My favorite hymn has become “Come, O Thou Traveler Unknown.” Lyrics lifting up the holy mystery, the call of to wrestle with love, and the history of Charles Wesley and John Wesley’s relationship all speak to me. But, really, it’s my favorite for another reason. I attended a small gathering of United Methodist Scholars in Christian Education as doctoral student. The leadership tasked me with planning a worship service. Being in school, and having learned quite a bit about Charles Wesley that semester, I selected two Charles Wesley hymns to bookend the service. This hymn closed the worship service. After we were done, a senior scholar came up to me, and asked, “Is that in our hymnal? I’ve never heard it! That’s beautiful. Thank you.” The feeling of elation and validation that I experienced in this encounter is now attached to this hymn. An obscure Methodist hymn we sang in a Presbyterian retreat center in rural Colorado.
I could go on about hymns. I could share how people with severe dementia and people who are non responsive in their last moments of life sometimes sing along with their beloved hymns. About how “He Touched Me” makes me giggle because of a game we played in high school while bored in church. But, instead, I want to explore the value these hymns have in faith formation and imagination.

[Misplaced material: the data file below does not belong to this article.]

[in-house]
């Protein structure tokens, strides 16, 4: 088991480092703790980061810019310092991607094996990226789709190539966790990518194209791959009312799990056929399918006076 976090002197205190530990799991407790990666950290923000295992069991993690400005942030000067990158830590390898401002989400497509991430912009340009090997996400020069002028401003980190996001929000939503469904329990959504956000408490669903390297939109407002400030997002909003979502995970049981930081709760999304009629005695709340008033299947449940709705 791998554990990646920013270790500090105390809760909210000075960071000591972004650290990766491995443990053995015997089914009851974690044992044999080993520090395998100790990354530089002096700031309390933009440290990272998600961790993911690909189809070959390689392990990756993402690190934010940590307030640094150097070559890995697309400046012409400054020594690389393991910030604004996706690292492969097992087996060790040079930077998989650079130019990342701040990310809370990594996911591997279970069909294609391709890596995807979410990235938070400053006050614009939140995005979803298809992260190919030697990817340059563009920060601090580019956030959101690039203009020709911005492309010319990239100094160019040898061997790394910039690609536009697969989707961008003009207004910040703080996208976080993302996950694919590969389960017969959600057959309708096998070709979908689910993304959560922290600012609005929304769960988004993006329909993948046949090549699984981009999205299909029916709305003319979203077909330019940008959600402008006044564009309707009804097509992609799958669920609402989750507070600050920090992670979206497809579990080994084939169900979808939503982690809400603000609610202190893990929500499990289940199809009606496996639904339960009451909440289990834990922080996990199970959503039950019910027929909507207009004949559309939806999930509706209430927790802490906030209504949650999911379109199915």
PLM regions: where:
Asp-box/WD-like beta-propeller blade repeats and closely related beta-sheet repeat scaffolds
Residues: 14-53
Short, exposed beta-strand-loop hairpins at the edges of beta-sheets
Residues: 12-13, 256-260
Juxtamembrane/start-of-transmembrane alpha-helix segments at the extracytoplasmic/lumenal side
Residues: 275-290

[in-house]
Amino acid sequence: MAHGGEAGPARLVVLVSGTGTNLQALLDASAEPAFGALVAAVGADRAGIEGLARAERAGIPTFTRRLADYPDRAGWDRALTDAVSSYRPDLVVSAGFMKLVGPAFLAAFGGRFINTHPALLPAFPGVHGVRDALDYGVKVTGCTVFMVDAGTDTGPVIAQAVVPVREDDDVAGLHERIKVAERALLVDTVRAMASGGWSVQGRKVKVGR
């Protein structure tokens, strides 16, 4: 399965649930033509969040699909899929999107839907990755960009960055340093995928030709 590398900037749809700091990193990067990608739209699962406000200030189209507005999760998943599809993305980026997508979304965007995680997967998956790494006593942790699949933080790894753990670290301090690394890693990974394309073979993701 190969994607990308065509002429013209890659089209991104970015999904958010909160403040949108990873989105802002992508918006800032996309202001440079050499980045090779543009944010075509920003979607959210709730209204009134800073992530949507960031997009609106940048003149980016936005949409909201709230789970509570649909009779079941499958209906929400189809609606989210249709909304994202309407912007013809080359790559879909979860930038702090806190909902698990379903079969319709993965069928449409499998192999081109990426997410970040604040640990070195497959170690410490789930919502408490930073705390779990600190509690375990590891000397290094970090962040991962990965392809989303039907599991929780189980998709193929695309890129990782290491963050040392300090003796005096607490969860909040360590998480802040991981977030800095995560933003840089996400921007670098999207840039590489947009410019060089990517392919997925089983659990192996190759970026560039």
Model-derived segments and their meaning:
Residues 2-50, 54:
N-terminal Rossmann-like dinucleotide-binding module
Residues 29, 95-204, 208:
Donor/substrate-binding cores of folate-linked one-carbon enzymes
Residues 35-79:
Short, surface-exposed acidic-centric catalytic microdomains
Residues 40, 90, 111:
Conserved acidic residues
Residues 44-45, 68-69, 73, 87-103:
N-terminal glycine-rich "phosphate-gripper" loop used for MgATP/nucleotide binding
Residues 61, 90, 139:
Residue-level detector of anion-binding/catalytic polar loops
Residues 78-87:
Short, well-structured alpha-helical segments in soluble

Many argue that the while obviously the most important text in any Christian church is the Bible, the second most important text is the hymnal. The hymnal is a collection of songs selected usually by a denominational body or publishing body to best convey the beliefs of a particular tradition. Often they include, alongside hymns, the creeds, prayers, Psalters, and orders of worship for various rituals and sacraments of the church. We could leave the bound collection of sheet music on onion leaf paper at that, and understand it’s value for the life of the church. However, beyond the intended theological education the hymns are used for, our stories and experiences are tied up in these texts. We attach our heritage, culture, and experiences of God to these songs, the music, the lyrics, and the memories interweave to tell faith stories beyond the original intent of the writers and curators.
For rural churches, the use hymns for faith formation can be seen most readily in Sunday school classes that sing before they have their lesson. Youth groups also often sing as well (not always hymns, but the idea is still there). Even without intentional planning, the music and the experiences they attach to it influences peoples faith and they sing their beliefs. However, intentional engagement with hymns as locations of heritage, emotion, and theology might lead to introspective spiritual work. More importantly, I see the possibility for these interactions to utilize what Julia Kristeva might call a Christian genius. That is, a pushing past self to creatively engage the suffering of the world and move it toward a future of hope and joy.
I don’t yet know what this pedagogical model could look like. I’ve tried something like this in past times, but not really hashed it out fully. But I have a hunch that it involves singing, story sharing, and an encouragement to allow for their love of these songs and the stories they represent to lead them into a collaborative work grounded heritage and led by hope.